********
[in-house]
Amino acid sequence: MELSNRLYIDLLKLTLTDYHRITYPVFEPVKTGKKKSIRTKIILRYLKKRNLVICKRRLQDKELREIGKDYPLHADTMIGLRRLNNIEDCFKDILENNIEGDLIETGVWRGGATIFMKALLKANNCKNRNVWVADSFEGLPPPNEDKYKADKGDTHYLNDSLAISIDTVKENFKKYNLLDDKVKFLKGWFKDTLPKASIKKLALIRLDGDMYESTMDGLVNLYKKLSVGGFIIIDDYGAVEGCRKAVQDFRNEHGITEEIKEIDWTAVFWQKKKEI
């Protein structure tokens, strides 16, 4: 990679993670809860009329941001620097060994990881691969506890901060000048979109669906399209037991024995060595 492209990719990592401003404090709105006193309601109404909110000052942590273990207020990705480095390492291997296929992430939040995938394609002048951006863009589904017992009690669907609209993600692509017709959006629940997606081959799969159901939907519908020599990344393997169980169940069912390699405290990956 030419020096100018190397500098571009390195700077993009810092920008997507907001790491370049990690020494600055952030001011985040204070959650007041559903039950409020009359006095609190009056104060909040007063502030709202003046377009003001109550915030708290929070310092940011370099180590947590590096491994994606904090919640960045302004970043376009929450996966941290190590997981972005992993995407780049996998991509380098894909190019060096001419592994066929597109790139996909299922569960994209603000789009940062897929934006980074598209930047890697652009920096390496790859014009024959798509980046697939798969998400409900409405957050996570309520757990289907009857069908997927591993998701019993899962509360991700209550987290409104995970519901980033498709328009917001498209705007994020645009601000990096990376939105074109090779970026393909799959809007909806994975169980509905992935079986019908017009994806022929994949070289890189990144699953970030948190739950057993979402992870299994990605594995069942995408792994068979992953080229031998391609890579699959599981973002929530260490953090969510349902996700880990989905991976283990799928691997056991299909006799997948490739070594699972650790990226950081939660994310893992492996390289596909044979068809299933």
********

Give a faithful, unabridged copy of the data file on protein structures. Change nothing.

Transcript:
[in-house]
Amino acid sequence: MELSNRLYIDLLKLTLTDYHRITYPVFEPVKTGKKKSIRTKIILRYLKKRNLVICKRRLQDKELREIGKDYPLHADTMIGLRRLNNIEDCFKDILENNIEGDLIETGVWRGGATIFMKALLKANNCKNRNVWVADSFEGLPPPNEDKYKADKGDTHYLNDSLAISIDTVKENFKKYNLLDDKVKFLKGWFKDTLPKASIKKLALIRLDGDMYESTMDGLVNLYKKLSVGGFIIIDDYGAVEGCRKAVQDFRNEHGITEEIKEIDWTAVFWQKKKEI
């Protein structure tokens, strides 16, 4: 990679993670809860009329941001620097060994990881691969506890901060000048979109669906399209037991024995060595 492209990719990592401003404090709105006193309601109404909110000052942590273990207020990705480095390492291997296929992430939040995938394609002048951006863009589904017992009690669907609209993600692509017709959006629940997606081959799969159901939907519908020599990344393997169980169940069912390699405290990956 030419020096100018190397500098571009390195700077993009810092920008997507907001790491370049990690020494600055952030001011985040204070959650007041559903039950409020009359006095609190009056104060909040007063502030709202003046377009003001109550915030708290929070310092940011370099180590947590590096491994994606904090919640960045302004970043376009929450996966941290190590997981972005992993995407780049996998991509380098894909190019060096001419592994066929597109790139996909299922569960994209603000789009940062897929934006980074598209930047890697652009920096390496790859014009024959798509980046697939798969998400409900409405957050996570309520757990289907009857069908997927591993998701019993899962509360991700209550987290409104995970519901980033498709328009917001498209705007994020645009601000990096990376939105074109090779970026393909799959809007909806994975169980509905992935079986019908017009994806022929994949070289890189990144699953970030948190739950057993979402992870299994990605594995069942995408792994068979992953080229031998391609890579699959599981973002929530260490953090969510349902996700880990989905991976283990799928691997056991299909006799997948490739070594699972650790990226950081939660994310893992492996390289596909044979068809299933």